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A look at Elon Musk and what he represents


Twitter has put what's known as a poison pill provision into place in order to block Elon Musk's potential takeover of the company. As a reminder, last week Musk offered to buy Twitter for $43 billion, saying he would promote more free speech on the platform. So who is Elon Musk? He's the richest person on the planet, the man behind Tesla, SpaceX and quite a bit of controversy. He's more than a celebrity. He's arguably the author and avatar of a new political economy. That is how Harvard historian Jill Lepore explains his significance in her podcast series, "The Evening Rocket." And she joins me now to talk about the billionaire CEO. Welcome.

JILL LEPORE: Hi. Thanks so much for having me.

ESTRIN: So your podcast isn't only focused on Elon Musk, the man. You also look at what he represents, and you call it Muskism. So what is Muskism?

LEPORE: (Laughter) I think of it as sort of an extreme, extravagant form of capitalism - really, extraterrestrial capitalism. X is Musk's favorite letter of the alphabet, as it is of many science fiction fans. So X capitalism seems somehow also to fit.

ESTRIN: How do you define extreme capitalism?

LEPORE: I think it's a kind of unchecked capitalism that insists that the government really has no role in the regulation of economic activity at the practical level. I think at the cultural level, it really is engaged with selling the public on the idea of futurism as a way to impose economic conditions that come from the very deep past.

I think of Muskism and its vision for, you know, colonizing Mars as dating from the age of imperialism, when British imperialists were colonizing countries around the world and science fiction writers like H.G. Wells were indicting British imperialism by telling stories about space colonies and how wrong that would be to take other people's land and enslave the people there. And for Musk, somehow you can resurrect those stories in order to justify colonization. So Muskism always has within it - this extreme capitalism always has within it almost a kind of ironic twist. Like, you think this is bad. We're going to go back to when things were worse.

ESTRIN: Well, he is a big science fiction fan - you talk about that on your podcast - an early fascination with sci fi like "The Hitchhiker's Guide To The Galaxy." So how does his love of sci fi translate into his vision of the future of technology?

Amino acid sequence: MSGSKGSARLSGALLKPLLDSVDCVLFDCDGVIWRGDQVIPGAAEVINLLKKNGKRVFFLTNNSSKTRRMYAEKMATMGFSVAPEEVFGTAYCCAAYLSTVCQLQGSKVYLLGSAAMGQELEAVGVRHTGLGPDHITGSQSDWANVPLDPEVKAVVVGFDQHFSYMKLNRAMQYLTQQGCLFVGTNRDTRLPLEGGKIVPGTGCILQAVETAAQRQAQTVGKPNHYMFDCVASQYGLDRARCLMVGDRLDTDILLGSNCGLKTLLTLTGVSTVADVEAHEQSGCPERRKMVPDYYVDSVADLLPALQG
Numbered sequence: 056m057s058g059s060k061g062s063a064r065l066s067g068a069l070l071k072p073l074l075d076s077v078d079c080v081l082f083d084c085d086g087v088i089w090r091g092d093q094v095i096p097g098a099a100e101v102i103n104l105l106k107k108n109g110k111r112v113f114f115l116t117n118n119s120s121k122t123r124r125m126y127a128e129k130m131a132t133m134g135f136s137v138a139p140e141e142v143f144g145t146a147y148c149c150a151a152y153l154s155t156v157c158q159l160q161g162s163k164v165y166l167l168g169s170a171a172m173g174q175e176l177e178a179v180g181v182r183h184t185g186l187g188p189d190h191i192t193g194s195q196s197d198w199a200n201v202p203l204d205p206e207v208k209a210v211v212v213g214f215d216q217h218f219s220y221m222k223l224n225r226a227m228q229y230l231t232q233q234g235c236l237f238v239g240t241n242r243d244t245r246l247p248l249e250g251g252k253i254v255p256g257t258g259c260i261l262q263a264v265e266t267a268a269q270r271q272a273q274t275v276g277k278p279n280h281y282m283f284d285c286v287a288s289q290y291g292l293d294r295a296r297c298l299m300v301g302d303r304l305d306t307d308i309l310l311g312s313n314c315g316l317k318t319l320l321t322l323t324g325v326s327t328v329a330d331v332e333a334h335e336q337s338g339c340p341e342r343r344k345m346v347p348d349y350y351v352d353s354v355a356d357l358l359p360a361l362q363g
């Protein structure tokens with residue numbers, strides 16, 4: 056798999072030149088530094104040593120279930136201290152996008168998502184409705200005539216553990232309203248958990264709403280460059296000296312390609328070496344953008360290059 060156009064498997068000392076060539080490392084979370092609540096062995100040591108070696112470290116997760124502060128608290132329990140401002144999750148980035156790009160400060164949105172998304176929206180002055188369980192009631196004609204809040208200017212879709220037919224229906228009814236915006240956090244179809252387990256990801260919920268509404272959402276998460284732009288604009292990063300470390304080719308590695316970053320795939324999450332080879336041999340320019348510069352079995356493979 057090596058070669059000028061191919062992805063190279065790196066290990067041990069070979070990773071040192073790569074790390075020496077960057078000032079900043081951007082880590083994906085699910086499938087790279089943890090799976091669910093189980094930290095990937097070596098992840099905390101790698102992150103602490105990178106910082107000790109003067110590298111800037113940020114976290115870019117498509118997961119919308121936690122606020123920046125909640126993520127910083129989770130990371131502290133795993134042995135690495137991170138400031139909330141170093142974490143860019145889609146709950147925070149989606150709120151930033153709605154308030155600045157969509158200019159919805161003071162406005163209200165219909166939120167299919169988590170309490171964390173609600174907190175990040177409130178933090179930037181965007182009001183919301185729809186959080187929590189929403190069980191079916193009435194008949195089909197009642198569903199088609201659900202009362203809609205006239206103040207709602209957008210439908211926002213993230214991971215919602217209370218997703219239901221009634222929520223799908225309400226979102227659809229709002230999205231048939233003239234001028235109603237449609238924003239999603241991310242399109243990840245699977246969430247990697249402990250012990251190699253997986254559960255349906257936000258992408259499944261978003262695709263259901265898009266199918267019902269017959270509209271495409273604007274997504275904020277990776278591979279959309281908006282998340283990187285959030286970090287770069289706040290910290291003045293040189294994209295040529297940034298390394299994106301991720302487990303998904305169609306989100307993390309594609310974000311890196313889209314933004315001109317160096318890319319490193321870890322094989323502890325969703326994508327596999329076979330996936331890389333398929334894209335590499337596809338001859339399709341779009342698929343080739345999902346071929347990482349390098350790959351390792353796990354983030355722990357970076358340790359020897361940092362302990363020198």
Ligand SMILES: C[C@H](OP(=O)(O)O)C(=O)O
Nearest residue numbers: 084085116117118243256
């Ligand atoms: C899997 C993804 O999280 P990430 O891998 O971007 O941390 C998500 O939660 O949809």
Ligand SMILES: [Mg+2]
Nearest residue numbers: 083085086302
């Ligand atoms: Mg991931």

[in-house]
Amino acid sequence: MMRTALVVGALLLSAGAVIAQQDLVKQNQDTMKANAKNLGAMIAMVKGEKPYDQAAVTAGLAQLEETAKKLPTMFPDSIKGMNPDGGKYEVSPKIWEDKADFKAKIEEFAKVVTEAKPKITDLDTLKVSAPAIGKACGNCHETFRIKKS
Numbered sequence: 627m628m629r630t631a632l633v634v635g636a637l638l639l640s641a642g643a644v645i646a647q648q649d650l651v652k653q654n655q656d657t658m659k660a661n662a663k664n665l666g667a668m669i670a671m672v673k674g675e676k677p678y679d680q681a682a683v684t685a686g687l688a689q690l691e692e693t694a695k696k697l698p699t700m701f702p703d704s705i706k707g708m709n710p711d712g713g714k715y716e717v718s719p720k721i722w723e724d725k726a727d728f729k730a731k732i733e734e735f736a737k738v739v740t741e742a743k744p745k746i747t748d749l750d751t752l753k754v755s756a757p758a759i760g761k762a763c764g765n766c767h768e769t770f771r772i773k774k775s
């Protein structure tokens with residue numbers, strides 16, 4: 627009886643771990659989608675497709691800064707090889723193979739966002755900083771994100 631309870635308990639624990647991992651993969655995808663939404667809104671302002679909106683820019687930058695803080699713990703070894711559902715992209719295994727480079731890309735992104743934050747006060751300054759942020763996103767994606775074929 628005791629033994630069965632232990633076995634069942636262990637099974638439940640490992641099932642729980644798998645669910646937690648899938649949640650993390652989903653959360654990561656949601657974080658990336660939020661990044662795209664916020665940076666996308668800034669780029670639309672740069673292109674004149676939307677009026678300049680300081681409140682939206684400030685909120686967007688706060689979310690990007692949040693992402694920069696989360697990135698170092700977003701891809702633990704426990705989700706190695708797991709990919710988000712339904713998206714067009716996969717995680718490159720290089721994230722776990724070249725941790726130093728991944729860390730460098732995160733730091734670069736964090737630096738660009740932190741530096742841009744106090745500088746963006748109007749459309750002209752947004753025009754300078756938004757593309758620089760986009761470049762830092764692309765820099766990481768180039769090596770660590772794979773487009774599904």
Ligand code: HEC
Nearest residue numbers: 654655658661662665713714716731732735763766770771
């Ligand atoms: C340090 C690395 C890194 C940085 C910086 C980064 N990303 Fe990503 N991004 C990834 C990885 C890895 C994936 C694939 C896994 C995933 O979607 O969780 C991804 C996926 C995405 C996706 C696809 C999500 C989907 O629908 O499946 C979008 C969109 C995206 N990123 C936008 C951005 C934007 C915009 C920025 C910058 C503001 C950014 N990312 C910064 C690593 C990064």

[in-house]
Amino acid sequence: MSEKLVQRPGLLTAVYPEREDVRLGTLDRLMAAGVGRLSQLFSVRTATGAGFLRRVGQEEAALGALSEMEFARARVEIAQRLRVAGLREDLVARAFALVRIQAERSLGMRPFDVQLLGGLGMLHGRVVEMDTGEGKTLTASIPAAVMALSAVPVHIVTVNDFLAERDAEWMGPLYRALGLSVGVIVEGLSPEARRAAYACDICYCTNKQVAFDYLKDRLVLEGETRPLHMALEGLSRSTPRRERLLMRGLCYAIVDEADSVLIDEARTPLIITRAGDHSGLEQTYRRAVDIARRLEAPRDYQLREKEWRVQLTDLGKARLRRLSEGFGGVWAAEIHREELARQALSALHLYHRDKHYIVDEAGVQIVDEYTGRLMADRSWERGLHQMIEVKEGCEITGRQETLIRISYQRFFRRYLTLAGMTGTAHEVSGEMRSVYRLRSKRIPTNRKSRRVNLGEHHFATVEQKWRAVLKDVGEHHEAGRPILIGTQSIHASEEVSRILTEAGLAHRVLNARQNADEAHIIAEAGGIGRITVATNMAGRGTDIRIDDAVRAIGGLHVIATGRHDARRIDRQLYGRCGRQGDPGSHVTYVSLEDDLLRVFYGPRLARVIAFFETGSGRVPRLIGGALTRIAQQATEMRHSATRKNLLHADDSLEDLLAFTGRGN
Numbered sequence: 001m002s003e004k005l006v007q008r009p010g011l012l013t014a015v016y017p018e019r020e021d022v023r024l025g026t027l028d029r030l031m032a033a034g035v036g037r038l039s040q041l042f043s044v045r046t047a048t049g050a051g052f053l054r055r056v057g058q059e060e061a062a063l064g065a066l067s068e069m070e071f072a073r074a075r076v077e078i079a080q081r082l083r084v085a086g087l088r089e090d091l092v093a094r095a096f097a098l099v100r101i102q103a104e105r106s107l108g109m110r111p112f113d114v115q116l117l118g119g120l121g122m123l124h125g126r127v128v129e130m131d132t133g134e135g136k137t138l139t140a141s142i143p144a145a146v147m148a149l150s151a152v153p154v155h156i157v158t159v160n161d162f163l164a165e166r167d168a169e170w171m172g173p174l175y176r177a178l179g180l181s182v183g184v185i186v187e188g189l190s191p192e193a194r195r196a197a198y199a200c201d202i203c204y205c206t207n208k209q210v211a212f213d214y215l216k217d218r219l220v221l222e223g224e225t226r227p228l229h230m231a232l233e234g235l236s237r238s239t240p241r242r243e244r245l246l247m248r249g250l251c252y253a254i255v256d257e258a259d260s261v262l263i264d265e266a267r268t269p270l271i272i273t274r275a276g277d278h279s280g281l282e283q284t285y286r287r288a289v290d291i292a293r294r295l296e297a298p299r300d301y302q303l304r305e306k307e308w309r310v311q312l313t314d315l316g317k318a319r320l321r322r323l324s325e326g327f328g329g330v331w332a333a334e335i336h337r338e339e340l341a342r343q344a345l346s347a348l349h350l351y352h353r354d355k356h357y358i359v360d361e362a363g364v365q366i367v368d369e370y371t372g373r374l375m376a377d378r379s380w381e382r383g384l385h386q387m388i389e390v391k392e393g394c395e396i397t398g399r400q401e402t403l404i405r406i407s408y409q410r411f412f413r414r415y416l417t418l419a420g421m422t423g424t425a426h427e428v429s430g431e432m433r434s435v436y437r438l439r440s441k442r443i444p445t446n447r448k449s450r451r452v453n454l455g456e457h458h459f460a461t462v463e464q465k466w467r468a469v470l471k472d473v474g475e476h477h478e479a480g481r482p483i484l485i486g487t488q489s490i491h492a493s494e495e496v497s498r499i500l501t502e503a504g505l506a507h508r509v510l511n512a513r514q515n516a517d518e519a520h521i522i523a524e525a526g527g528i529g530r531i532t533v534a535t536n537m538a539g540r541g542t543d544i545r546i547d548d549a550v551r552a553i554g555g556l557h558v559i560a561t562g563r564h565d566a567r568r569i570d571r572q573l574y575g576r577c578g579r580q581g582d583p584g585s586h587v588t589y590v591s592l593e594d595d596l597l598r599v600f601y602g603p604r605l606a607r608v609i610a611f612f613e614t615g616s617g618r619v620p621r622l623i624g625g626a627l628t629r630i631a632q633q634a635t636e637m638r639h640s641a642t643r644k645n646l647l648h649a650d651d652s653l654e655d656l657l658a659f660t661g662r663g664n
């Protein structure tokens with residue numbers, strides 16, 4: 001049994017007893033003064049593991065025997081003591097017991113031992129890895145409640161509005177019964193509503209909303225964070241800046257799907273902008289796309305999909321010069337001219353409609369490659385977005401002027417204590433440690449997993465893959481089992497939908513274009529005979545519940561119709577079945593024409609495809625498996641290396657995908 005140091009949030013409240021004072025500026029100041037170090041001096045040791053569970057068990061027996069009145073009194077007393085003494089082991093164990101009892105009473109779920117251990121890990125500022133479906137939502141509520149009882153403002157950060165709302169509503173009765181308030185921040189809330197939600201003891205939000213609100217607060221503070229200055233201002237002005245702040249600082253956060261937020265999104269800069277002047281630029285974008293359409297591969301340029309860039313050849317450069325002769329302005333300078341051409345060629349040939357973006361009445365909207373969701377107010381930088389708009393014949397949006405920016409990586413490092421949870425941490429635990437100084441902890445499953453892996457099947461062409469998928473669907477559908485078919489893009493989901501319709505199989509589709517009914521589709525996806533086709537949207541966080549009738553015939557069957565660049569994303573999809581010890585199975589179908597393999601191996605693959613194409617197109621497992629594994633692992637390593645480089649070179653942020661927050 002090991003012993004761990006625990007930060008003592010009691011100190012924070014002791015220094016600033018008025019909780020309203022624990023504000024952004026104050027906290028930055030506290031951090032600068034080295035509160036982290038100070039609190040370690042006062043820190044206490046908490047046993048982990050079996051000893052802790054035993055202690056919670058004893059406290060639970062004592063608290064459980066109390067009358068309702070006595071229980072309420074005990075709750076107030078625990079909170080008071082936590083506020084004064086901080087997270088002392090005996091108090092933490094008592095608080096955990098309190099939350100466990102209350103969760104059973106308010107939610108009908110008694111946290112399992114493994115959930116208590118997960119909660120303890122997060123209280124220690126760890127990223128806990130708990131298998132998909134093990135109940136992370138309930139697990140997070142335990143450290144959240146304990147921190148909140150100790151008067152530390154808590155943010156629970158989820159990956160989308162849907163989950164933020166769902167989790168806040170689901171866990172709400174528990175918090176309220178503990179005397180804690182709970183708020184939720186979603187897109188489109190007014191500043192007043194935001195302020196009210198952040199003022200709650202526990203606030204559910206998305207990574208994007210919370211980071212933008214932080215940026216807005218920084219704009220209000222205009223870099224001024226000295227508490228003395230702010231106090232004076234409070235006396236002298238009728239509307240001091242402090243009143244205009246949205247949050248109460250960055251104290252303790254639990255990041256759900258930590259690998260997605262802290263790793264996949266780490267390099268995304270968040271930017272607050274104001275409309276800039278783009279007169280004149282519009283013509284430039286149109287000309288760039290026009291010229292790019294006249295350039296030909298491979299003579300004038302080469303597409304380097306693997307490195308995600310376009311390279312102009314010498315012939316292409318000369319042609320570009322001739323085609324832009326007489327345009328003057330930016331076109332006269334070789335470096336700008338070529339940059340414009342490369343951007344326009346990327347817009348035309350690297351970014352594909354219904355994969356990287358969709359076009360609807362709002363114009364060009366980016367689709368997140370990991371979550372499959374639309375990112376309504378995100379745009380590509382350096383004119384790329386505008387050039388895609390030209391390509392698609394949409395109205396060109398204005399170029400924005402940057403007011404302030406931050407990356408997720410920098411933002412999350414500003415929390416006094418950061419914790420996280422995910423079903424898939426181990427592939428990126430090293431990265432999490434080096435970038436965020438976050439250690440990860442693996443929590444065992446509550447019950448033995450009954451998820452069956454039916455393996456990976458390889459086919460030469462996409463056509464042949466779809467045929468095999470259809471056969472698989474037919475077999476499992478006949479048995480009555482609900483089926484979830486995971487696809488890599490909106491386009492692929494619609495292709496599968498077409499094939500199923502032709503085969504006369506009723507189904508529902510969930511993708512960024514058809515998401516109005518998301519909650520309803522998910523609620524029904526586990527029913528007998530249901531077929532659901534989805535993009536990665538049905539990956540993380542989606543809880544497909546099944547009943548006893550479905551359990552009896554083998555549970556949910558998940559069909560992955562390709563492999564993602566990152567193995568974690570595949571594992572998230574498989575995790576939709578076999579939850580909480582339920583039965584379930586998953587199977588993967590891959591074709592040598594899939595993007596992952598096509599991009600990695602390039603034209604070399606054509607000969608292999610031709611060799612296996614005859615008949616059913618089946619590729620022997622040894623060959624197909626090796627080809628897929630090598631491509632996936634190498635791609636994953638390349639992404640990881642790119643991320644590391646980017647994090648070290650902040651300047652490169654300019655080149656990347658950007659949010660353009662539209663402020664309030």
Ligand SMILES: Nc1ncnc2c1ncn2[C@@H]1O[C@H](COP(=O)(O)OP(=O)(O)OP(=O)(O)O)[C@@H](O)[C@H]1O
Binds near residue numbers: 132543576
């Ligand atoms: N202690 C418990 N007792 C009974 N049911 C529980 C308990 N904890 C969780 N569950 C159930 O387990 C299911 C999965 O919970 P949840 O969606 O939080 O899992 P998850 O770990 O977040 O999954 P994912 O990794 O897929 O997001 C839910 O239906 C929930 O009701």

LEPORE: As a historian, one of the things I find so fascinating about Musk and Muskism is how much of the sort of fantasy of invention, especially disruptive innovation - remember that buzzword from the '90s - boasts itself as part of a culture of futurism, right? Everything's forward-looking and an abandonment of the past - in fact, a disavowal of the past - right? - because you really have to sort of always be starting from scratch.

But so much of what the culture of Silicon Valley produces has its origins in science fiction, as I think a lot of those people would themselves recognize. But what they wouldn't see is that the origins in science fiction is actually an origins in dystopian science fiction. So what a lot of people like Musk and others celebrate as their great futurism is - for one thing, really has tremendously important origins in the past. And for another, what they celebrate as often utopian is - has origins in dystopianism.

ESTRIN: I mean, he's even been called a real-life Tony Stark, you know, from the Marvel Universe. I mean, does he see himself that way, as a kind of almost - like a real-life science fiction character? Does that impact the way he interacts with public life?

LEPORE: I think there was a period in his life when he was really into being Iron Man and being Tony Stark, and the press loved that. And he was on the cover of every magazine as, you know, the Elon Musk, the real-life Tony Stark. He appeared in one of the "Iron Man" movies with Robert Downey Jr. So he has a kind of celebrity iconic status. I mean, he's the guy who was on "SNL," right? And it's part of the boyishness that Musketeers really love about him. He can be very funny. He can be very witty online. He's an extremely smart guy. And there's a playfulness around that. One of the things that's distinctive about Musk, in the sense that he's the best at this, is depicting your product as saving humanity. So even the Twitter bid, in Musk's language, is somehow about saving civilization.